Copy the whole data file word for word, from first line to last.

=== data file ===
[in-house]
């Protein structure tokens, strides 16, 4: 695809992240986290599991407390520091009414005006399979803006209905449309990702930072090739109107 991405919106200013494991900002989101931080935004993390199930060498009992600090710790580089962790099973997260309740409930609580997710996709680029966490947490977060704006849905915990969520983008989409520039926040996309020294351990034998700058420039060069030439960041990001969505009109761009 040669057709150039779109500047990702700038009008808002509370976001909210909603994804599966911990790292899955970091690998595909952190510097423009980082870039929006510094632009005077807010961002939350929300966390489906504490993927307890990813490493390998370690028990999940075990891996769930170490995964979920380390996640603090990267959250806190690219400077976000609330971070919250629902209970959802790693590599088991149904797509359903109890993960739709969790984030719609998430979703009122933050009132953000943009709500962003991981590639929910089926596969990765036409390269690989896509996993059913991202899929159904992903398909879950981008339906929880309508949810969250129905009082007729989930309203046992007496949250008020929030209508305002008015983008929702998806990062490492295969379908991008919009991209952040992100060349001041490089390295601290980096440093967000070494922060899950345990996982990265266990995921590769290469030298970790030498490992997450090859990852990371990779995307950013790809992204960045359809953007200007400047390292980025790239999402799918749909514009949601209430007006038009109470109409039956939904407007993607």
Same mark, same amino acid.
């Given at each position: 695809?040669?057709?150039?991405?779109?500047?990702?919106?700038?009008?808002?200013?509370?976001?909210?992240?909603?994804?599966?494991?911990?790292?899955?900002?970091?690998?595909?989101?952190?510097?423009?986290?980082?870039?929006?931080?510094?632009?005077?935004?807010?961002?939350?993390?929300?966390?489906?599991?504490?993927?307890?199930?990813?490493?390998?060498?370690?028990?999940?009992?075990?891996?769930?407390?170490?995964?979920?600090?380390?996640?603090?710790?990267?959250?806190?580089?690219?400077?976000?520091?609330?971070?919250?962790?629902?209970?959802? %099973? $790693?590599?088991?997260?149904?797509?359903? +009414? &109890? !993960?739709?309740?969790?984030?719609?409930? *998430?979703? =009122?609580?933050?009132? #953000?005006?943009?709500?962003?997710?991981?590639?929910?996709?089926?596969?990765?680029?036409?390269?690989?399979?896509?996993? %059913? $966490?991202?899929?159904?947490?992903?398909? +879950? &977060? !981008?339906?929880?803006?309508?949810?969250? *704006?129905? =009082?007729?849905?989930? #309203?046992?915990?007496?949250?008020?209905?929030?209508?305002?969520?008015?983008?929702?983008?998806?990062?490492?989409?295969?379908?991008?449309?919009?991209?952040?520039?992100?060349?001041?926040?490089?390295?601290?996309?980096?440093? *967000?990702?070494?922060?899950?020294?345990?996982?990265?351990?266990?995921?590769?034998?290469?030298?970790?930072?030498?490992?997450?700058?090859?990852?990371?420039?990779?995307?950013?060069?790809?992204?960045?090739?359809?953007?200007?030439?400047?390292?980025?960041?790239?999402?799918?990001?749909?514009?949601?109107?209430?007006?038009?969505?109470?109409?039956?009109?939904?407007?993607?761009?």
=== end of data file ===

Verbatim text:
[in-house]
């Protein structure tokens, strides 16, 4: 695809992240986290599991407390520091009414005006399979803006209905449309990702930072090739109107 991405919106200013494991900002989101931080935004993390199930060498009992600090710790580089962790099973997260309740409930609580997710996709680029966490947490977060704006849905915990969520983008989409520039926040996309020294351990034998700058420039060069030439960041990001969505009109761009 040669057709150039779109500047990702700038009008808002509370976001909210909603994804599966911990790292899955970091690998595909952190510097423009980082870039929006510094632009005077807010961002939350929300966390489906504490993927307890990813490493390998370690028990999940075990891996769930170490995964979920380390996640603090990267959250806190690219400077976000609330971070919250629902209970959802790693590599088991149904797509359903109890993960739709969790984030719609998430979703009122933050009132953000943009709500962003991981590639929910089926596969990765036409390269690989896509996993059913991202899929159904992903398909879950981008339906929880309508949810969250129905009082007729989930309203046992007496949250008020929030209508305002008015983008929702998806990062490492295969379908991008919009991209952040992100060349001041490089390295601290980096440093967000070494922060899950345990996982990265266990995921590769290469030298970790030498490992997450090859990852990371990779995307950013790809992204960045359809953007200007400047390292980025790239999402799918749909514009949601209430007006038009109470109409039956939904407007993607």
Same mark, same amino acid.
């Given at each position: 695809?040669?057709?150039?991405?779109?500047?990702?919106?700038?009008?808002?200013?509370?976001?909210?992240?909603?994804?599966?494991?911990?790292?899955?900002?970091?690998?595909?989101?952190?510097?423009?986290?980082?870039?929006?931080?510094?632009?005077?935004?807010?961002?939350?993390?929300?966390?489906?599991?504490?993927?307890?199930?990813?490493?390998?060498?370690?028990?999940?009992?075990?891996?769930?407390?170490?995964?979920?600090?380390?996640?603090?710790?990267?959250?806190?580089?690219?400077?976000?520091?609330?971070?919250?962790?629902?209970?959802? %099973? $790693?590599?088991?997260?149904?797509?359903? +009414? &109890? !993960?739709?309740?969790?984030?719609?409930? *998430?979703? =009122?609580?933050?009132? #953000?005006?943009?709500?962003?997710?991981?590639?929910?996709?089926?596969?990765?680029?036409?390269?690989?399979?896509?996993? %059913? $966490?991202?899929?159904?947490?992903?398909? +879950? &977060? !981008?339906?929880?803006?309508?949810?969250? *704006?129905? =009082?007729?849905?989930? #309203?046992?915990?007496?949250?008020?209905?929030?209508?305002?969520?008015?983008?929702?983008?998806?990062?490492?989409?295969?379908?991008?449309?919009?991209?952040?520039?992100?060349?001041?926040?490089?390295?601290?996309?980096?440093? *967000?990702?070494?922060?899950?020294?345990?996982?990265?351990?266990?995921?590769?034998?290469?030298?970790?930072?030498?490992?997450?700058?090859?990852?990371?420039?990779?995307?950013?060069?790809?992204?960045?090739?359809?953007?200007?030439?400047?390292?980025?960041?790239?999402?799918?990001?749909?514009?949601?109107?209430?007006?038009?969505?109470?109409?039956?009109?939904?407007?993607?761009?």